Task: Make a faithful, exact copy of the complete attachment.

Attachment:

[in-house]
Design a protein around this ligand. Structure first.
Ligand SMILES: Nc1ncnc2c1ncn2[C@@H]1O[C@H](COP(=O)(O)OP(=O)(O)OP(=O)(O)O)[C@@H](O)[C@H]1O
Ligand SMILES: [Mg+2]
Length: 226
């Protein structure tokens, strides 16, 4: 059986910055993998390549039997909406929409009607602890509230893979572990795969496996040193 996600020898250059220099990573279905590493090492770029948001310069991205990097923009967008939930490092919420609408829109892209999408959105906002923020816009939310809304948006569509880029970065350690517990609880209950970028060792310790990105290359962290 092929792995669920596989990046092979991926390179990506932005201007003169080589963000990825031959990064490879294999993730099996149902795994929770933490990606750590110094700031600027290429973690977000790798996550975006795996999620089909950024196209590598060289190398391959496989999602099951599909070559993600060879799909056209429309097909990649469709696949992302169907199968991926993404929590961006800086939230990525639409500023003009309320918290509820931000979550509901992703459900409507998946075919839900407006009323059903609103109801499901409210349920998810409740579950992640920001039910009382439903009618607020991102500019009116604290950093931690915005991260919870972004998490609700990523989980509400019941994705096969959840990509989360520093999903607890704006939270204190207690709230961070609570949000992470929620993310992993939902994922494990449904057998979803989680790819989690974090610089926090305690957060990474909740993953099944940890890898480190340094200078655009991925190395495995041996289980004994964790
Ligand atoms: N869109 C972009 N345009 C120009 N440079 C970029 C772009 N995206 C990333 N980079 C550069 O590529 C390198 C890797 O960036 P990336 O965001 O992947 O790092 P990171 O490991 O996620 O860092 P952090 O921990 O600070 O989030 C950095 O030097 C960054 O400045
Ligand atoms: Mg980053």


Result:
[in-house]
Design a protein around this ligand. Structure first.
Ligand SMILES: Nc1ncnc2c1ncn2[C@@H]1O[C@H](COP(=O)(O)OP(=O)(O)OP(=O)(O)O)[C@@H](O)[C@H]1O
Ligand SMILES: [Mg+2]
Length: 226
């Protein structure tokens, strides 16, 4: 059986910055993998390549039997909406929409009607602890509230893979572990795969496996040193 996600020898250059220099990573279905590493090492770029948001310069991205990097923009967008939930490092919420609408829109892209999408959105906002923020816009939310809304948006569509880029970065350690517990609880209950970028060792310790990105290359962290 092929792995669920596989990046092979991926390179990506932005201007003169080589963000990825031959990064490879294999993730099996149902795994929770933490990606750590110094700031600027290429973690977000790798996550975006795996999620089909950024196209590598060289190398391959496989999602099951599909070559993600060879799909056209429309097909990649469709696949992302169907199968991926993404929590961006800086939230990525639409500023003009309320918290509820931000979550509901992703459900409507998946075919839900407006009323059903609103109801499901409210349920998810409740579950992640920001039910009382439903009618607020991102500019009116604290950093931690915005991260919870972004998490609700990523989980509400019941994705096969959840990509989360520093999903607890704006939270204190207690709230961070609570949000992470929620993310992993939902994922494990449904057998979803989680790819989690974090610089926090305690957060990474909740993953099944940890890898480190340094200078655009991925190395495995041996289980004994964790
Ligand atoms: N869109 C972009 N345009 C120009 N440079 C970029 C772009 N995206 C990333 N980079 C550069 O590529 C390198 C890797 O960036 P990336 O965001 O992947 O790092 P990171 O490991 O996620 O860092 P952090 O921990 O600070 O989030 C950095 O030097 C960054 O400045
Ligand atoms: Mg980053």